Circular coloring

From Wikipedia, the free encyclopedia
Jump to navigation Jump to search
The chromatic number of the flower snark J5 is 3, but the circular chromatic number is <= 5/2 = 2.5.

In graph theory, circular coloring may be viewed as a refinement of usual graph coloring. The circular chromatic number of a graph , denoted can be given by any of the following definitions, all of which are equivalent (for finite graphs).

  1. is the infimum over all real numbers so that there exists a map from to a circle of circumference 1 with the property that any two adjacent vertices map to points at distance along this circle.
  2. is the infimum over all rational numbers so that there exists a map from to the cyclic group with the property that adjacent vertices map to elements at distance apart.
  3. In an oriented graph, declare the imbalance of a cycle to be divided by the minimum of the number of edges directed clockwise and the number of edges directed counterclockwise. Define the imbalance of the oriented graph to be the maximum imbalance of a cycle. Now, is the minimum imbalance of an orientation of .

It is relatively easy to see that (especially using 1. or 2.), but in fact . It is in this sense that we view circular chromatic number as a refinement of the usual chromatic number.

Circular coloring was originally defined by Vince (1988), who called it "star coloring".

Coloring is dual to the subject of nowhere-zero flows and indeed, circular coloring has a natural dual notion: circular flows.

Circular complete graphs[edit]

Circular complete graph
Verticesn
Edgesn(n-2k+1) / 2
Girth
Chromatic number⌈n/k⌉
Properties(n − 2k + 1)-regular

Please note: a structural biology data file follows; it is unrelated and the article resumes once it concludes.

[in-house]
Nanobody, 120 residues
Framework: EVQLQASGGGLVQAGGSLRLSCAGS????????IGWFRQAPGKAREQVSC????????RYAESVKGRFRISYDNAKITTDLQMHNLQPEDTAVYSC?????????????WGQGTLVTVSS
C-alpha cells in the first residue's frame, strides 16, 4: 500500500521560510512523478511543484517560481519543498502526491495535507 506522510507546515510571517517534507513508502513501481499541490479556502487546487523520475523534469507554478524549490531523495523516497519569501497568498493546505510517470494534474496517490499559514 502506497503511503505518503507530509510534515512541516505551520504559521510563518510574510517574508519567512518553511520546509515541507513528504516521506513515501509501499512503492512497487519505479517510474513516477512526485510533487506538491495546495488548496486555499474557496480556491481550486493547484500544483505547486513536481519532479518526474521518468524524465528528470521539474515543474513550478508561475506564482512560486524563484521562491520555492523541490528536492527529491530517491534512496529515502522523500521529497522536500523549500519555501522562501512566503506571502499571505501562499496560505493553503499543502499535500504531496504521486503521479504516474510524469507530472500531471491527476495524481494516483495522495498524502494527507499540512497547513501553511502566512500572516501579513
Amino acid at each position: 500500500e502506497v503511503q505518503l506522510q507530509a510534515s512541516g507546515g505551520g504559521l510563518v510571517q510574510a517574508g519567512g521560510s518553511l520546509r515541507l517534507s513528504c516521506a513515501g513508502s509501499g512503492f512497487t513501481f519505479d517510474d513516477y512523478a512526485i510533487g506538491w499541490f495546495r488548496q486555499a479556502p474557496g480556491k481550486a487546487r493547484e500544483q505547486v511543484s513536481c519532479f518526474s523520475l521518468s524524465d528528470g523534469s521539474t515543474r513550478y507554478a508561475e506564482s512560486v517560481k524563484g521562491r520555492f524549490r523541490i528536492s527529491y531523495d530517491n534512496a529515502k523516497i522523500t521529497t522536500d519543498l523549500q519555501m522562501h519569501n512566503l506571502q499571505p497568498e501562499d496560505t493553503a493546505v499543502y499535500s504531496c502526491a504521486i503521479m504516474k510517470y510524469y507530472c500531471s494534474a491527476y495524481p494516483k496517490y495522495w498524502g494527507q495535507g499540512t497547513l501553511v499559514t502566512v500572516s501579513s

Vertex-transitive
Circulant
Hamiltonian
Notation
Table of graphs and parameters

For integers such that , the circular complete graph Kn/k (also known as a circular clique) is the graph with vertex set and edges between elements at distance apart. That is, the vertices are numbers {0, 1, ..., n-1} and vertex i is adjacent to:

i+k, i+k+1, ..., i+n-k mod n.

For example, Kn/1 is just the complete graph Kn, while K2n+1 / n is isomorphic to the cycle graph C2n+1.

A circular coloring is then, according to the second definition above, a homomorphism into a circular complete graph. The crucial fact about these graphs is that Ka/b admits a homomorphism into Kc/d if and only if a/bc/d. This justifies the notation, since if the rational numbers a/b and c/d are equal, then Ka/b and Kc/d are homomorphically equivalent. Moreover, the homomorphism order among them refines the order given by complete graphs into a dense order, corresponding to rational numbers . For example

K2/1K5/2K7/3 → ... → K3/1K4/1 → ...

or equivalently

K2C5C7 → ... → K3K4 → ...

The example on the figure can be interpreted as a homomorphism from the flower snark J5 into K5/2 ≈ C5, which comes earlier than K3, corresponding to the fact that .

See also[edit]

References[edit]

  • Nadolski, Adam (2004), "Circular coloring of graphs", Graph colorings, Contemp. Math., 352, Providence, RI: Amer. Math. Soc., pp. 123–137, doi:10.1090/conm/352/09, MR 2076994.
  • Vince, A. (1988), "Star chromatic number", Journal of Graph Theory, 12 (4): 551–559, doi:10.1002/jgt.3190120411, MR 0968751.
  • Zhu, X. (2001), "Circular chromatic number, a survey", Discrete Mathematics, 229 (1–3): 371–410, doi:10.1016/S0012-365X(00)00217-X, MR 1815614.